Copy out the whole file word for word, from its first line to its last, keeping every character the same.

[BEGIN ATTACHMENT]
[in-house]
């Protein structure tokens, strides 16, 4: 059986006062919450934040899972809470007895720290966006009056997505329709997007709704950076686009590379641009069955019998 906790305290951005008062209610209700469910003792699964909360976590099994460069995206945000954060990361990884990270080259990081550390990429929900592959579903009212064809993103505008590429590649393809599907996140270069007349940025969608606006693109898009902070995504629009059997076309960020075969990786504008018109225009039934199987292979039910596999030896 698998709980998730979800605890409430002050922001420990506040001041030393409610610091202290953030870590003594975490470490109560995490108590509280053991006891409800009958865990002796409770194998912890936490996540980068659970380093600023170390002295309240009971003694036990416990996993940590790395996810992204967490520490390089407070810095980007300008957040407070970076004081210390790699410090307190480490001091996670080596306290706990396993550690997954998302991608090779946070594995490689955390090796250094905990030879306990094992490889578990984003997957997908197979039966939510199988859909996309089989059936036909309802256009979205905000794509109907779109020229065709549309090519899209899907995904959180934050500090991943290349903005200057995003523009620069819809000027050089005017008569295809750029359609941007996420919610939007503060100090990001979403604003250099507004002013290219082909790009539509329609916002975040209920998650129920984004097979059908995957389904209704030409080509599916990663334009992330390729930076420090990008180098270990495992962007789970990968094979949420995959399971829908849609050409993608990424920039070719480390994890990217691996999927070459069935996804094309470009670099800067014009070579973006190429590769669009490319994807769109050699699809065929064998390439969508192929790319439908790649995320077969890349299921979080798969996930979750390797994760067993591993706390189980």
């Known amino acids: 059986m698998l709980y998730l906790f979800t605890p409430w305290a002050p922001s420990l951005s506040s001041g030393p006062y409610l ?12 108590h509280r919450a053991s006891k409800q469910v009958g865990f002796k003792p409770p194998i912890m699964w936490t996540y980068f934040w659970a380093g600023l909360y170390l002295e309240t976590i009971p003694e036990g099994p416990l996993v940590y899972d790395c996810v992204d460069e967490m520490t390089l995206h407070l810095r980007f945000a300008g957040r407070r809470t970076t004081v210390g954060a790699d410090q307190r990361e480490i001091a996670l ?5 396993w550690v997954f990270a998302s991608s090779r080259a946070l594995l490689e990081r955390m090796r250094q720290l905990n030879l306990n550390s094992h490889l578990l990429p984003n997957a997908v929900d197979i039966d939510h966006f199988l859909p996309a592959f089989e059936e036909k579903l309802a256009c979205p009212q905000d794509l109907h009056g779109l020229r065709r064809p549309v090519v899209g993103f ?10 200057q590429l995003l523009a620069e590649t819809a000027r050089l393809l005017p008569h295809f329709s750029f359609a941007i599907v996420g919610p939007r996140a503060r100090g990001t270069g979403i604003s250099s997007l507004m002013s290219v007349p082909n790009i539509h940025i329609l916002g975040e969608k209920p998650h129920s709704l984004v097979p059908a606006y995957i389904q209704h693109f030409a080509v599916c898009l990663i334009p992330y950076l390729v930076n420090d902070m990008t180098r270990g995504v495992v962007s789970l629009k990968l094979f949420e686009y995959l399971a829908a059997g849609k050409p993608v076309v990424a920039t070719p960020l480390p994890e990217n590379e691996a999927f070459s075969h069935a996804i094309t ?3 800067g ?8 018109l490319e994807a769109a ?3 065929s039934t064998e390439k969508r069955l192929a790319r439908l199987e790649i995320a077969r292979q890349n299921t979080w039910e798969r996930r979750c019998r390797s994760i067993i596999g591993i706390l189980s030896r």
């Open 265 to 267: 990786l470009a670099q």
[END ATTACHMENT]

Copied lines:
[in-house]
């Protein structure tokens, strides 16, 4: 059986006062919450934040899972809470007895720290966006009056997505329709997007709704950076686009590379641009069955019998 906790305290951005008062209610209700469910003792699964909360976590099994460069995206945000954060990361990884990270080259990081550390990429929900592959579903009212064809993103505008590429590649393809599907996140270069007349940025969608606006693109898009902070995504629009059997076309960020075969990786504008018109225009039934199987292979039910596999030896 698998709980998730979800605890409430002050922001420990506040001041030393409610610091202290953030870590003594975490470490109560995490108590509280053991006891409800009958865990002796409770194998912890936490996540980068659970380093600023170390002295309240009971003694036990416990996993940590790395996810992204967490520490390089407070810095980007300008957040407070970076004081210390790699410090307190480490001091996670080596306290706990396993550690997954998302991608090779946070594995490689955390090796250094905990030879306990094992490889578990984003997957997908197979039966939510199988859909996309089989059936036909309802256009979205905000794509109907779109020229065709549309090519899209899907995904959180934050500090991943290349903005200057995003523009620069819809000027050089005017008569295809750029359609941007996420919610939007503060100090990001979403604003250099507004002013290219082909790009539509329609916002975040209920998650129920984004097979059908995957389904209704030409080509599916990663334009992330390729930076420090990008180098270990495992962007789970990968094979949420995959399971829908849609050409993608990424920039070719480390994890990217691996999927070459069935996804094309470009670099800067014009070579973006190429590769669009490319994807769109050699699809065929064998390439969508192929790319439908790649995320077969890349299921979080798969996930979750390797994760067993591993706390189980």
């Known amino acids: 059986m698998l709980y998730l906790f979800t605890p409430w305290a002050p922001s420990l951005s506040s001041g030393p006062y409610l ?12 108590h509280r919450a053991s006891k409800q469910v009958g865990f002796k003792p409770p194998i912890m699964w936490t996540y980068f934040w659970a380093g600023l909360y170390l002295e309240t976590i009971p003694e036990g099994p416990l996993v940590y899972d790395c996810v992204d460069e967490m520490t390089l995206h407070l810095r980007f945000a300008g957040r407070r809470t970076t004081v210390g954060a790699d410090q307190r990361e480490i001091a996670l ?5 396993w550690v997954f990270a998302s991608s090779r080259a946070l594995l490689e990081r955390m090796r250094q720290l905990n030879l306990n550390s094992h490889l578990l990429p984003n997957a997908v929900d197979i039966d939510h966006f199988l859909p996309a592959f089989e059936e036909k579903l309802a256009c979205p009212q905000d794509l109907h009056g779109l020229r065709r064809p549309v090519v899209g993103f ?10 200057q590429l995003l523009a620069e590649t819809a000027r050089l393809l005017p008569h295809f329709s750029f359609a941007i599907v996420g919610p939007r996140a503060r100090g990001t270069g979403i604003s250099s997007l507004m002013s290219v007349p082909n790009i539509h940025i329609l916002g975040e969608k209920p998650h129920s709704l984004v097979p059908a606006y995957i389904q209704h693109f030409a080509v599916c898009l990663i334009p992330y950076l390729v930076n420090d902070m990008t180098r270990g995504v495992v962007s789970l629009k990968l094979f949420e686009y995959l399971a829908a059997g849609k050409p993608v076309v990424a920039t070719p960020l480390p994890e990217n590379e691996a999927f070459s075969h069935a996804i094309t ?3 800067g ?8 018109l490319e994807a769109a ?3 065929s039934t064998e390439k969508r069955l192929a790319r439908l199987e790649i995320a077969r292979q890349n299921t979080w039910e798969r996930r979750c019998r390797s994760i067993i596999g591993i706390l189980s030896r």
């Open 265 to 267: 990786l470009a670099q």